Personally a date on a piece of artwork wouldn't put me off buying as the purchase would be because of a connection to the work. Maybe it's a reflection of how society seems to always want the latest thing - kudos for being of the moment? It's a interesting topic for thought/discussion.

Anonymous said...

What an interesting post - as a 'paint for fun' person, I guess I had never thought about this. I always date my sketches simply for my own information.
I am surprised (perhaps I should not be...) that date matters to someone buying art. I would just buy what I loved, regardless of date.
I can see that the 'to date or not to date' is important for those who are selling their work. I fear Lisa is right and the obsession with 'the latest thing' is being reflected in current attitudes towards art works too!

Carolyn A. Pappas said...

An older date would not be a deterrent to me if I wanted to purchase a piece of art. I would not buy a work of art as an investment but because I really liked it and wanted it. But, one time I went to an art fair at this local cultural festival a few years in a row. Some of the artists were bringing in the same painting over and over and I picked up on this right away. I immediately got the impression that they were very stagnant in their careers having painted no new works. I would avoid the possibility of giving others this impression of me.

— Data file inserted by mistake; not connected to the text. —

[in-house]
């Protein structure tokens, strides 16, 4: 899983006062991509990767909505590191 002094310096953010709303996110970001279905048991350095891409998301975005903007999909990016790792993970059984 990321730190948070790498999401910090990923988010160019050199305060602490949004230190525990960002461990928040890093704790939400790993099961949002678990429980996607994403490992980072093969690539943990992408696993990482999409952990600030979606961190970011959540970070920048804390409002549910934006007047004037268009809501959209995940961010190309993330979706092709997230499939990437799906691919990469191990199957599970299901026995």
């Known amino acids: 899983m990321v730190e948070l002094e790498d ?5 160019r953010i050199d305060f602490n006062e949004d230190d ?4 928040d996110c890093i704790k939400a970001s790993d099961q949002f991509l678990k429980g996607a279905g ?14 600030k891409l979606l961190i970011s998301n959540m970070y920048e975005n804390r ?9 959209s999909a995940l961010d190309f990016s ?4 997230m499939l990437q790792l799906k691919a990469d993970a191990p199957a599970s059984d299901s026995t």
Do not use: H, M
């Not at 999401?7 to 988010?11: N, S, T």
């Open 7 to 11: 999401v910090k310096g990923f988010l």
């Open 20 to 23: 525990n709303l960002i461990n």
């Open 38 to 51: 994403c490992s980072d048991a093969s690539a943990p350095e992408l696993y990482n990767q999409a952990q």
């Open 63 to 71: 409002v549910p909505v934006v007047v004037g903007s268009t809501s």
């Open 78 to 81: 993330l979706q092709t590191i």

Personally, I keep track of dates because I studied history in college and I want to keep good "primary source" material for other people in the future. It is my family who will most likely end up with a large amount of work on their hands someday and I would like to help them out if I can. Dates are an easy thing to keep track of at the time, but they can be very hard to reconstruct after the fact.

Jean Spitzer said...

I don't date my work any more, but I document it separately, informally on my blog and soon--formally--on paper, for my own records.

Jeanette said...

Thanks for the input, its always good to hear what other artists are thinking on this subject.

I believe we're all on the same page more or less in terms of not dating work on the piece itself, but keeping a record in the background for ourselves.

I'm not quite sure where this fear of older works comes from with galleries and exhibitions.

Perhaps as you say Carolyn, the same painting reappearing over and over would smack of an artistic stagnation, wouldn't it?

Anonymous said...

I agree.
I've only started again putting the year on the back w/ pertinent info.
If I see a piece I love, it's the art that connects with me and the age would not deter me. That said, I'd be interested to see more current work to see how the artist has developed.

Kay Smith said...

I used to date the front but then ran into the same issues you all have. Occasionally a client will ask me to put the year on the front. Now I write the title, media, copyright symbol, signature and date on its back. As a custom framer,too many have called or come by with pieces they love or have inherited and nothing but an illegible scrawl on the front...not a clue who the artist was, etc. So you can't even Google their name.